The fruit juice industry is growing year over year, with billions of dollars in annual revenue. Orange juice and apple juice have been mainstays of the American diet for ages. And in recent years, fancier brands like Naked Juice and Odwalla have popped up. Even more trending are juice bars that serve freshly juiced fruit and veggie combos to hipsters forgoing a Starbucks fix. According to the USDA, 50% of Americans consume more than half of their fruit intake as juice!
Fruit juice has a health halo, forged not only by smart marketers, but also by our very own government. For years, the USDA has allowed fruit juice to be considered as a fruit serving. Millions of kids across the country meet fruit at lunchtime only in the form of apple juice.
In its 2010 dietary guidelines, the USDA got a bit smarter on the matter:
Increase fruit intake. Eat recommended amounts of fruits and choose a variety of fruits. Choose whole or cut-up fruits more often than fruit juice.
The USDA, which helps promote American agriculture cannot outright tell consumers to stop drinking fruit juice, or to severely limit consumption because it would hurt American growers. So the messages are a bit vague:
Beverage such as fat-free or low-fat milk and 100% fruit juice, provide a substantial amount of nutrients along with the calories they contain.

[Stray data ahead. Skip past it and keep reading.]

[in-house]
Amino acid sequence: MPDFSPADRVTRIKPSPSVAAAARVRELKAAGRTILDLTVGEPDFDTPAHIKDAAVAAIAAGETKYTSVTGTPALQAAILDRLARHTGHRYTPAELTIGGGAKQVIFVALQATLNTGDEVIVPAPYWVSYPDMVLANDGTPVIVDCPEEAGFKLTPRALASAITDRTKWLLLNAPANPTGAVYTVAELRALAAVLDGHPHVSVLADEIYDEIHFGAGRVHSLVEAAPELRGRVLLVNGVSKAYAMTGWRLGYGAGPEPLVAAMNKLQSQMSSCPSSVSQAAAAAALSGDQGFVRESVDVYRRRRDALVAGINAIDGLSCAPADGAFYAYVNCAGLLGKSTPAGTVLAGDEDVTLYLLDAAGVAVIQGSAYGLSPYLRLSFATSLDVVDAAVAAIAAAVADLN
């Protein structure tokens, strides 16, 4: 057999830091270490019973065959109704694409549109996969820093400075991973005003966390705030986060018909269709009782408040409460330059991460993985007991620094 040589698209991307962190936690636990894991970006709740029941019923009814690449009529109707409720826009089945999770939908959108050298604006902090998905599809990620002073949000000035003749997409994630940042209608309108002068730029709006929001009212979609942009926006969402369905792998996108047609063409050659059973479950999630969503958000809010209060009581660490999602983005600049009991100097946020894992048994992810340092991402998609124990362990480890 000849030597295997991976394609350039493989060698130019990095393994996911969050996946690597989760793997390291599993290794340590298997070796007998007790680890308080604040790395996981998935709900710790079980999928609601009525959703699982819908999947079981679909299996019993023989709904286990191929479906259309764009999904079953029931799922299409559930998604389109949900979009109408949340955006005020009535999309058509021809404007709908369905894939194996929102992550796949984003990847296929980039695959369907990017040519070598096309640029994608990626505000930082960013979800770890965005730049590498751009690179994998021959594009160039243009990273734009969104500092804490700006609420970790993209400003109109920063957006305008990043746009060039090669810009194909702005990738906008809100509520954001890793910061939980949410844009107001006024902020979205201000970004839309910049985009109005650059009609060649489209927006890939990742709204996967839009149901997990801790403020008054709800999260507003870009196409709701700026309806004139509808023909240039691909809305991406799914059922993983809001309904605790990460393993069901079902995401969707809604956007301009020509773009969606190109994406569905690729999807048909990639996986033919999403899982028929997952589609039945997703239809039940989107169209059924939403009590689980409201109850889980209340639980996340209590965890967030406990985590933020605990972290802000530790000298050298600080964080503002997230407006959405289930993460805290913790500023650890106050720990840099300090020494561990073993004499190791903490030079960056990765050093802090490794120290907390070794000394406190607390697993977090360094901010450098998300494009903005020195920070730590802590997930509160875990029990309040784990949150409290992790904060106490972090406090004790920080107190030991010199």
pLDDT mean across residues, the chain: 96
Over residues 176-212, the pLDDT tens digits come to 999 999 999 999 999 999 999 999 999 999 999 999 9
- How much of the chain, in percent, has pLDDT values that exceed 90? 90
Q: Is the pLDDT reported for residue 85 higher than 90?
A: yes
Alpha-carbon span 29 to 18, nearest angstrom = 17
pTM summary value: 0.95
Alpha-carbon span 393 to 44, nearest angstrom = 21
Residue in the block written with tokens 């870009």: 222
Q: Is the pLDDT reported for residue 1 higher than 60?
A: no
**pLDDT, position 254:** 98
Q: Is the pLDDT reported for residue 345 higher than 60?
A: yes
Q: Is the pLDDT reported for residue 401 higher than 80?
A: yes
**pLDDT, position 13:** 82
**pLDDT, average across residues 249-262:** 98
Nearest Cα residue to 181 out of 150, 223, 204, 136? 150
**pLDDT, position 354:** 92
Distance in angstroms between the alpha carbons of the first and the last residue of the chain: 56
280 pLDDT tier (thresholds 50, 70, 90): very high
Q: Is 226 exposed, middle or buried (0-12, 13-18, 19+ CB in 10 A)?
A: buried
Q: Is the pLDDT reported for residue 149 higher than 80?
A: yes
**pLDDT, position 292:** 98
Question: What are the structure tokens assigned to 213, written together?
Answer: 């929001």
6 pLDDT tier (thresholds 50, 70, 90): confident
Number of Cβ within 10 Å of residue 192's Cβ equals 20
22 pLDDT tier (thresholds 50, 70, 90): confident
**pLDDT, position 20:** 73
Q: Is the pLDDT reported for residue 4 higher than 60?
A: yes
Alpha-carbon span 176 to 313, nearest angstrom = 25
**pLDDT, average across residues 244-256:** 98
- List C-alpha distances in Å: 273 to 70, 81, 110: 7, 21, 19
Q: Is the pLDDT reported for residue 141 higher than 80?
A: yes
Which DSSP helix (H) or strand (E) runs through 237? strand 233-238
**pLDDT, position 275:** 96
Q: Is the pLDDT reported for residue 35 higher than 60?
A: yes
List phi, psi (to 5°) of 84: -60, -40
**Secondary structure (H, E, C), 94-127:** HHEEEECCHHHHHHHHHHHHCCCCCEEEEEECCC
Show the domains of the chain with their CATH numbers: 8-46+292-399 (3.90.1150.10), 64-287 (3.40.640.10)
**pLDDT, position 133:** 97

Monitor intake of 100% fruit juice for children and adolescents, especially those who are overweight or obese: For most children and adolescents, intake of 100% fruit juice is not associated with body weight. However, limited evidence suggests that increased intake of 100% juice has been associated with higher body weight in children and adolescents who are overweight or obese.
Now don’t get us wrong, there’s probably nothing tastier than a freshly squeezed glass of OJ every once in a while, but every day?
The problems with juice vs. real fruit:
1. Fruit juice, even 100% freshly squeezed, is a concentrated dose of sugar that is quickly ingested by our body, spiking blood glucose levels and straining our pancreas.
2. Juice loses one of the most important nutrients that whole fruit provides – fiber. The cell structure of the fruit keeps the sugars “under control”, and as a result there is no spike in blood glucose levels.
3. Juicing an entire fruit and consuming the juice without filtration may theoretically keep the fiber in your drink, but actually tears down these fiber linings and results in blood glucose spikes as well.
4. While whole pieces of fruit keep you busy and satiated, fruit juice makes you want to drink more. It takes 3-4 oranges to make a one-cup serving of orange juice. You can drink a cup of orange juice in 25 seconds and instantly ask for another glass. How long does it take to eat 3 oranges, even if they have been peeled and sectioned for you? After eating 3 oranges, will you eat 3 more?
In summary: drink water, eat fruit. Save juice for occasional treats.